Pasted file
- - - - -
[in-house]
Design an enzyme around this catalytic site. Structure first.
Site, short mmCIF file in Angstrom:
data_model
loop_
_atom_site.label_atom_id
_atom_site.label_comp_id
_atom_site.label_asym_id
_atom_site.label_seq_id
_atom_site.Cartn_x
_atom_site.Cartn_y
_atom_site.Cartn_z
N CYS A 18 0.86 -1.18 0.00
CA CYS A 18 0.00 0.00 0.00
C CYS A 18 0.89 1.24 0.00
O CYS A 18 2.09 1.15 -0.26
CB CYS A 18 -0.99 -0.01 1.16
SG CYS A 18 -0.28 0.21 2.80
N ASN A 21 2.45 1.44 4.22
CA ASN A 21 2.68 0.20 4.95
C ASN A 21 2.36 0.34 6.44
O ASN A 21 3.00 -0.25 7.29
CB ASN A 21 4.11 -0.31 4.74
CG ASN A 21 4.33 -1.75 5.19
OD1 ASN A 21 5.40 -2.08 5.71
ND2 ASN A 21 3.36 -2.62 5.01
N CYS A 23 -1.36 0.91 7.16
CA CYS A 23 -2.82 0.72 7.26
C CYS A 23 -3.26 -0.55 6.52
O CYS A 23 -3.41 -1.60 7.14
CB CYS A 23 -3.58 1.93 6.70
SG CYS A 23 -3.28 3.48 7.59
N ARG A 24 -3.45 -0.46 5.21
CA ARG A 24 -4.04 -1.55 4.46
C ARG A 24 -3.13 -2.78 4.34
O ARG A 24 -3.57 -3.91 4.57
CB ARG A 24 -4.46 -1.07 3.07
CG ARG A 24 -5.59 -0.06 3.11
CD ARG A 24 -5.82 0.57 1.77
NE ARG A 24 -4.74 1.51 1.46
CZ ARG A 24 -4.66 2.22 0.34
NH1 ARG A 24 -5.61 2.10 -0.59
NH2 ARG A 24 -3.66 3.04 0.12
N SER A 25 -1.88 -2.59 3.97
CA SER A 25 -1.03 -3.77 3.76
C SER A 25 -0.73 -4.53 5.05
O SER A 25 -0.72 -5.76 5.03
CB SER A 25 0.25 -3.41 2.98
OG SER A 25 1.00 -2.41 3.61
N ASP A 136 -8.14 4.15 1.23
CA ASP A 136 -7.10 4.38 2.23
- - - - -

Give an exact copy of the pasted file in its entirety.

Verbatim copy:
[in-house]
Design an enzyme around this catalytic site. Structure first.
Site, short mmCIF file in Angstrom:
data_model
loop_
_atom_site.label_atom_id
_atom_site.label_comp_id
_atom_site.label_asym_id
_atom_site.label_seq_id
_atom_site.Cartn_x
_atom_site.Cartn_y
_atom_site.Cartn_z
N CYS A 18 0.86 -1.18 0.00
CA CYS A 18 0.00 0.00 0.00
C CYS A 18 0.89 1.24 0.00
O CYS A 18 2.09 1.15 -0.26
CB CYS A 18 -0.99 -0.01 1.16
SG CYS A 18 -0.28 0.21 2.80
N ASN A 21 2.45 1.44 4.22
CA ASN A 21 2.68 0.20 4.95
C ASN A 21 2.36 0.34 6.44
O ASN A 21 3.00 -0.25 7.29
CB ASN A 21 4.11 -0.31 4.74
CG ASN A 21 4.33 -1.75 5.19
OD1 ASN A 21 5.40 -2.08 5.71
ND2 ASN A 21 3.36 -2.62 5.01
N CYS A 23 -1.36 0.91 7.16
CA CYS A 23 -2.82 0.72 7.26
C CYS A 23 -3.26 -0.55 6.52
O CYS A 23 -3.41 -1.60 7.14
CB CYS A 23 -3.58 1.93 6.70
SG CYS A 23 -3.28 3.48 7.59
N ARG A 24 -3.45 -0.46 5.21
CA ARG A 24 -4.04 -1.55 4.46
C ARG A 24 -3.13 -2.78 4.34
O ARG A 24 -3.57 -3.91 4.57
CB ARG A 24 -4.46 -1.07 3.07
CG ARG A 24 -5.59 -0.06 3.11
CD ARG A 24 -5.82 0.57 1.77
NE ARG A 24 -4.74 1.51 1.46
CZ ARG A 24 -4.66 2.22 0.34
NH1 ARG A 24 -5.61 2.10 -0.59
NH2 ARG A 24 -3.66 3.04 0.12
N SER A 25 -1.88 -2.59 3.97
CA SER A 25 -1.03 -3.77 3.76
C SER A 25 -0.73 -4.53 5.05
O SER A 25 -0.72 -5.76 5.03
CB SER A 25 0.25 -3.41 2.98
OG SER A 25 1.00 -2.41 3.61
N ASP A 136 -8.14 4.15 1.23
CA ASP A 136 -7.10 4.38 2.23